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Old 04-14-2009, 06:04 PM   #21
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Well, after chauffeuring around all the Major Bank and Investment Houses VIP'S for over 30 yrs and having them "In the Back Seat of My Limo"?

Bottom line is? 95% of us Amatures haven't got a Chance Investing and then Managing our own $.. Most do it from being over-confident.. from being successfull doing their own professions, think they can do as well in another..by only needing to spend a few hours reading some Articles, Books, etc.. That most of those are designed to make the Authors &/or their Employers $ and not anyone else..

and Wall Street was Based upon using Insurance Salesman Techniques...
Buy and Hold All depends on What you Buy and Hold..> Warren Buffet..another Insurance Salesman..

It takes a Pro to Defend against other Pro's and to Even Beat other Pro's..
and my favorite? 11 reasons passive investors let Wall Street steal their money - MarketWatch

Until I got enough $ to use a Firm, I owned Balanced Funds..and 50% of my $ has been with a Very Conservative Investment Firm ( Bond Pro's ) and the othr 50% in several Balanced & Bond Funds with a 30/70 Mix ...( Mostly Treas. Last yr )

And trying to Make the Market Make up for your Short Commings of not being able to make enough in your own profession? Is Suicidal. Just like trying to Win in Las Vegas... The Odds are Against you and the House Always Wins..and they prey on your Greed...Dangling the Carrot if you will..

For Beginers? HSTRX and OAKBX and Learn from Them for the next 5-10 yrs... And Don't expect to make more than 7% apy on your $ when figuring out how much you have to save for your Retirement.. This will force you have to Save more and Spend Less..

Something Our Gov't and Wall Street doesn't want you to do..
Our Seniors learned this after the Tech Yrs and then succeeding Bear Yrs of 00-02'
Now this Current Generation (hopefully) will learn from this past Bear Crash..of 08' going forward and will tell their Kids and Grandkids..



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Old 04-14-2009, 06:10 PM   #22
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I do think that the key to "buy and hold" is re balancing periodically. I keep fairly wide bands (stocks at 50 -60%) because I don't like to re balance constantly. As a result, I tend to re balance a little early in the cycle ( Early 2007 instead of peak in October 07) but it is a simple approach that has kept my ER going since December 02 (no pensions or SS but I'm looking forward to SS at 62 - I hope its still around). Of course just about EVERYTHING is down in this cycle but bonds less so that stocks and cash is still king in a deflationary period.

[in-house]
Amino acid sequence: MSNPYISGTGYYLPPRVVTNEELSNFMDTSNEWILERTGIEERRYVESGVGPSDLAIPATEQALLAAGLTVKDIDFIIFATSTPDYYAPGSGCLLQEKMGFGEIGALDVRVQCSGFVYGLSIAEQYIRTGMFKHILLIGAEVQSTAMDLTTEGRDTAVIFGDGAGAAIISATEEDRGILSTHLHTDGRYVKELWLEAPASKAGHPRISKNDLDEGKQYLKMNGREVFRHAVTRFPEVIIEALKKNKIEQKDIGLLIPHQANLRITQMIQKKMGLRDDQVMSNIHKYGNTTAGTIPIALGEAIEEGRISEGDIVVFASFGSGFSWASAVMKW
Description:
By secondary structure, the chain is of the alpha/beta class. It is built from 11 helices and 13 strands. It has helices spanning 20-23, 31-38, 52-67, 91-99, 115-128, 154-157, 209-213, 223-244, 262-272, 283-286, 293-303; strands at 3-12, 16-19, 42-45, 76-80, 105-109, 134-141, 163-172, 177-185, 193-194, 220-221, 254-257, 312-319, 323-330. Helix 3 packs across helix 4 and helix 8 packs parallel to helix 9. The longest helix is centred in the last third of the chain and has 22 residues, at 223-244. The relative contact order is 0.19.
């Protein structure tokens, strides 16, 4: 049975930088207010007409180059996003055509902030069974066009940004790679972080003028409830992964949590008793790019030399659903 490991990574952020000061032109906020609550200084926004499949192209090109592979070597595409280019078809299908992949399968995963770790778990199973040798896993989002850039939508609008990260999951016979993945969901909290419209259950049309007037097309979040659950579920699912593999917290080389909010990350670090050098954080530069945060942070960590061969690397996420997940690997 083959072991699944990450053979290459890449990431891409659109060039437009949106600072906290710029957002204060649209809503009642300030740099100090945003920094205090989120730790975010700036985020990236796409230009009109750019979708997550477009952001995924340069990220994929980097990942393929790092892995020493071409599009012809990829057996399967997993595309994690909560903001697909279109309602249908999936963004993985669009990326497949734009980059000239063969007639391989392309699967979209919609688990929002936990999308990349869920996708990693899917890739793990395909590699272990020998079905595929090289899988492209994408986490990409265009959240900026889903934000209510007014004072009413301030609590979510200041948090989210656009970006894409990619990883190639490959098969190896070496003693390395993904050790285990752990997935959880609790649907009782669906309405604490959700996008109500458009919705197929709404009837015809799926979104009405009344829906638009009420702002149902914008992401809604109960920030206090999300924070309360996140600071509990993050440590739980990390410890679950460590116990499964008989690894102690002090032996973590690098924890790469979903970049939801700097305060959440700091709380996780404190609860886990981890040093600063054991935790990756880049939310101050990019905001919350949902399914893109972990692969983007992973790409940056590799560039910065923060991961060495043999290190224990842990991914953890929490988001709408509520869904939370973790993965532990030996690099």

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Old 04-14-2009, 08:00 PM   #23
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Yes, rebalancing is a important part of buy-and-hold for many people.

Some would say it is a distraction, and even counterproductive, to review individual funds in isolation. It's your over-all portfolio balance that counts. Indeed, if everything rose and fell together, there would be no benefit to diversification or rebalancing. One actually needs volatility to cause a risk premium and to reap the benefits of diversification and rebalancing.
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Old 04-14-2009, 08:12 PM   #24
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Dennis,

I'd say Farrell correctly points out the mental errors that many people make (though with an insulting tone rather than a compassionate one). However, he's also right when he says:

"... more Wall Street bankers, brokers and fund managers own more yachts and make 10 to 100 times more than the average clueless investor."

The education required for successful passive investment can be boiled down to a few easy rules. I won't attempt to devise and summarize an appropriate set of rules here, but a starting point would be:

1) Keep x years of living expenses in cash.
2) Invest only for the long term and only what you can afford to lose.
3) Invest in the lowest cost, broadest index funds appropriate for your level of risk tolerance, e.g., an appropriate passively-managed target retirement fund.